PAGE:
The big news this week comes from a group of Chinese researchers who’ve taken capsaicin research to the next level. And we’re damned excited about this one. We also realize the information you receive could be a little confusing.
According to the published information, capsaicin and a component in ginger work together to fight cancer.
Let’s dig a little deeper into that.
Voice of America Uses Some Old Information
How you’ve understood the research has a lot to do with which news source delivered it to you.
For example, some sources cited the fact that this revelation builds off of previous research into the cancer-fighting agents of capsaicin. Indeed, the best sources covered previous studies that demonstrated capsaicin may, on its own, prevent lung cancers from developing. (We’ll come back to this.)
But, a few sources dispersed old information. Voice of America used the headline, Cancer-causing Ingredient in Chili Peppers Soothed by Ginger. Ummmm… wow! That’s a big stretch from this normally reputable news source.
We’d like to point out some facts that counter the bold statement-making the VoA’s headline.
- Some early research considered the link between capsaicin and stomach cancers a few decades ago. However, these remain inconclusive.
- If capsaicin were considered unsafe or deemed carcinogenic, then the FDA would not approve it as a food source or an ingredient in medicines. The FDA has zero issues and, in fact, seems to look favorably on capsaicin in medicine.
- Mostly, the research points to capsaicin battling cancer. Laboratory results show that capsaicin can cause colon cancer cells to commit suicide without damaging surrounding, healthy tissues. There is plenty of substantiated research to show that capsaicin does a body good.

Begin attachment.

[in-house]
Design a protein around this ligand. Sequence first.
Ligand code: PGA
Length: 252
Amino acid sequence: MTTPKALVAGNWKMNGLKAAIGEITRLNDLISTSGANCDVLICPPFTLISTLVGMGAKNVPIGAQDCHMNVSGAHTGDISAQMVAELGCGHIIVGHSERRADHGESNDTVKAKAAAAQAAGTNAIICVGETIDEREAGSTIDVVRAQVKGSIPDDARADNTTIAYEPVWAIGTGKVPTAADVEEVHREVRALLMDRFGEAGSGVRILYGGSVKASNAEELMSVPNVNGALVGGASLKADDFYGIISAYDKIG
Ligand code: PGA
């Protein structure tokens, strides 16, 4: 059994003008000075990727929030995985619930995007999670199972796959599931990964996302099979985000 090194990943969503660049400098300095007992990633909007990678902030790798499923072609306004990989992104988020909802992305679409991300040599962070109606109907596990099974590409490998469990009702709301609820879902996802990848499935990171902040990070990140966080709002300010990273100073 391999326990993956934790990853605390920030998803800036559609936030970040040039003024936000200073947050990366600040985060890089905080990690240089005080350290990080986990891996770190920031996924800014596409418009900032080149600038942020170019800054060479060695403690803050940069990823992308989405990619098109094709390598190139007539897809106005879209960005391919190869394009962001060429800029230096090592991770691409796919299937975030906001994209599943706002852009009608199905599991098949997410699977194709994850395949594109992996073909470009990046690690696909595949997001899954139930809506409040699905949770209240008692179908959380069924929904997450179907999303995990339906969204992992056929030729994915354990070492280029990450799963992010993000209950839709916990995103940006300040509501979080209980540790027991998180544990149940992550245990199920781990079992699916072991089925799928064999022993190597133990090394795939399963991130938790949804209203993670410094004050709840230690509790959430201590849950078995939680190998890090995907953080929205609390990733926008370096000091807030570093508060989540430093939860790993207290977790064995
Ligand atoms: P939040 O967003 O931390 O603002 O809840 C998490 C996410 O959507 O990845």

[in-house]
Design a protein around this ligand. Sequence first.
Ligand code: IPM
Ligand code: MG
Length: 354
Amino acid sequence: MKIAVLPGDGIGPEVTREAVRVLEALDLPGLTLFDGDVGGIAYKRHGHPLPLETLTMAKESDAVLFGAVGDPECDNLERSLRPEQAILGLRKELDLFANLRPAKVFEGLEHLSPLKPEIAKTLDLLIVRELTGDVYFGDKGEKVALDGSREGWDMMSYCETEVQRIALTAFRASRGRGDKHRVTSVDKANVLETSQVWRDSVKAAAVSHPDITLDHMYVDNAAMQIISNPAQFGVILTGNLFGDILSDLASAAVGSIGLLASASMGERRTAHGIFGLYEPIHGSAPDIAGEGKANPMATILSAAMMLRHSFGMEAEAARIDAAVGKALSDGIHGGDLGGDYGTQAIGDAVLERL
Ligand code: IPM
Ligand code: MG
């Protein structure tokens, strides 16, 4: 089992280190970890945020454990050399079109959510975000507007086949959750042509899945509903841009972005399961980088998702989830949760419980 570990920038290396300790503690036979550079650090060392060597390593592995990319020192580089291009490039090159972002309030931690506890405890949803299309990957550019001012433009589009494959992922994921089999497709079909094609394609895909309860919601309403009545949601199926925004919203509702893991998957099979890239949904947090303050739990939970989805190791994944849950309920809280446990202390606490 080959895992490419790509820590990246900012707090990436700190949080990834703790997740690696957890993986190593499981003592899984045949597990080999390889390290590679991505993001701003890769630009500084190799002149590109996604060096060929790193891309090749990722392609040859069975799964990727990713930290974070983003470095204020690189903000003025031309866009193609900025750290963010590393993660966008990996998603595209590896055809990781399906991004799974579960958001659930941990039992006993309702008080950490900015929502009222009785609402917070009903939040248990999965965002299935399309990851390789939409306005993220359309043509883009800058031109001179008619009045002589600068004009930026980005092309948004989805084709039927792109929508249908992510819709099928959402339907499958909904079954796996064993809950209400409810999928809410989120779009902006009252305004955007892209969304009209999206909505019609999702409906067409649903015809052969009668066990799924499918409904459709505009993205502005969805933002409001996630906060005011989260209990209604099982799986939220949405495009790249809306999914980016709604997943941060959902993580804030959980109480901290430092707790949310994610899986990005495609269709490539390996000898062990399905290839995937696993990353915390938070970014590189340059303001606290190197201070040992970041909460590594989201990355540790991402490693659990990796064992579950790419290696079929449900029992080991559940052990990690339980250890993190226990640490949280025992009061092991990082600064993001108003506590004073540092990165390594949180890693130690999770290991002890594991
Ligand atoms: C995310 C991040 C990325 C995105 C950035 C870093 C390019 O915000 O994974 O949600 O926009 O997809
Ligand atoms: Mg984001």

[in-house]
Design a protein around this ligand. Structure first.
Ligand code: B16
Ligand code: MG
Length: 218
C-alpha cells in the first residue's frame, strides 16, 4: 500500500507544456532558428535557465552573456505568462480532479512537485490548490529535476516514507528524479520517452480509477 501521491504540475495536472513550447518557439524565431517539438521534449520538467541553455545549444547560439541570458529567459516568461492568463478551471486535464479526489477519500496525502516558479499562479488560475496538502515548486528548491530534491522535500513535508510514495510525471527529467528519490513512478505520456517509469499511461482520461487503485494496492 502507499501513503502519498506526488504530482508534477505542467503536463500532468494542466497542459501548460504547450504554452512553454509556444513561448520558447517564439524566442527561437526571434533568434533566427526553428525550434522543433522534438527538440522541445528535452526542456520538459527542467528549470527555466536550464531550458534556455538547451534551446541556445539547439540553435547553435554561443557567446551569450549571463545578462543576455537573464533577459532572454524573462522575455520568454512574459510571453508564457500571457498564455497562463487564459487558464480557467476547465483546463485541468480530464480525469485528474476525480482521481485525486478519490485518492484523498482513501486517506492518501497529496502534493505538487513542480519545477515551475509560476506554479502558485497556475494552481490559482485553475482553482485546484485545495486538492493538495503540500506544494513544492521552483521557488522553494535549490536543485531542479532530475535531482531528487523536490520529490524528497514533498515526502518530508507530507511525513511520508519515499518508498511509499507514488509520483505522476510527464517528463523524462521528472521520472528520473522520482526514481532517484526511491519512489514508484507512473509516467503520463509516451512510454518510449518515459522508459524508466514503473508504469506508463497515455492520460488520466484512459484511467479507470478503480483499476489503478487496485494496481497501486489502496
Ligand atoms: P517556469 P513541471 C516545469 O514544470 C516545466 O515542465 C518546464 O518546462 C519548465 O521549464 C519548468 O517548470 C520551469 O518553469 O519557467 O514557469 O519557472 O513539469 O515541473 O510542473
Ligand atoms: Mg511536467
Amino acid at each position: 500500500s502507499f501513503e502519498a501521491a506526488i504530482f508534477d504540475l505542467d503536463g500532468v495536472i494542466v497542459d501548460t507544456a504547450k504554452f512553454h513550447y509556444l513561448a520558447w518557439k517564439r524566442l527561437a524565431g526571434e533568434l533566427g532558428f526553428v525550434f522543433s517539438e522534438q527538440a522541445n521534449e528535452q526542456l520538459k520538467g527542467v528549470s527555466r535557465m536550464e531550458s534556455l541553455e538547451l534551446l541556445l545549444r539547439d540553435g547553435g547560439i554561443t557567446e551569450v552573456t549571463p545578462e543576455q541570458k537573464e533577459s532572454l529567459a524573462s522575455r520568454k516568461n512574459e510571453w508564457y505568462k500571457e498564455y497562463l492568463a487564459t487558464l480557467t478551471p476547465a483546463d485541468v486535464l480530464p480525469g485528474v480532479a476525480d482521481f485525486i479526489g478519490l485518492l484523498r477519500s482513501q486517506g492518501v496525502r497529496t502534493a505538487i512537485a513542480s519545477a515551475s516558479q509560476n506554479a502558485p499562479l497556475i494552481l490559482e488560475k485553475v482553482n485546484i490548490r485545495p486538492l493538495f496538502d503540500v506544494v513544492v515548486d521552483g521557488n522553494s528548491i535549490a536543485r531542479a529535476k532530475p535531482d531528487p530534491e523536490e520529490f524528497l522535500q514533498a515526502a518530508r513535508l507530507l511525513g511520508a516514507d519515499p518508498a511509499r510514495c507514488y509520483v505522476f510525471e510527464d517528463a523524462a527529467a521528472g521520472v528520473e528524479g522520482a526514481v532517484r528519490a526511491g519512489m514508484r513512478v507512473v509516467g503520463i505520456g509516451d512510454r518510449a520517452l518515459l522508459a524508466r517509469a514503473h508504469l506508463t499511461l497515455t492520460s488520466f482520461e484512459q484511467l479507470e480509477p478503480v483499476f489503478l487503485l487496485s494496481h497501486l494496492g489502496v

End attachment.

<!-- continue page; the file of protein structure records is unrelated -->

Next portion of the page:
- “Soothed by ginger” is rather on the wrong side, as you’ll see below. It’s not as if ginger counteracts capsaicin. The latest research shows they work together.
How Do Ginger and Capsaicin Work Together?
Capsaicin we already know and love well. It’s the stuff in chili peppers that makes them hot. You can’t taste or smell capsaicin, so it has nothing to do with your taste buds. You know it’s there, though, because it’s damn hot. Or, rather, it feels like it’s hot when it interacts with specific pain receptors in the mucous membranes just under the surface of your skin (and inside your mouth).
So you’ll find capsaicin in chili peppers, much as you’ll find 6-gingerol in ginger. They’re a part of the structure of these plants and/or the fruit they produce. And both of these substances are mini miracle workers. They do a lot of good for the body.
For example, recent tests have demonstrated the ability of capsaicin to prevent the development of lung cancer even when taken orally (meaning, the consumption of chili peppers or hot sauces).
Now it appears that capsaicin combined with 6-gingerol does it even better. Apparently, 6-gingerol binds itself to capsaicin and together they’re a super inhibitor of cancer. Come on, you have to love that, don’t you?
But, before you get too excited, you should know that this hasn’t been tested across the board. As yet, it’s only been demonstrated in laboratory animals and only in the case of lung cancer. Still, we think it’s time to whip up a little Mad Dog and ginger stir-fry. At least, that’s what we’re doing.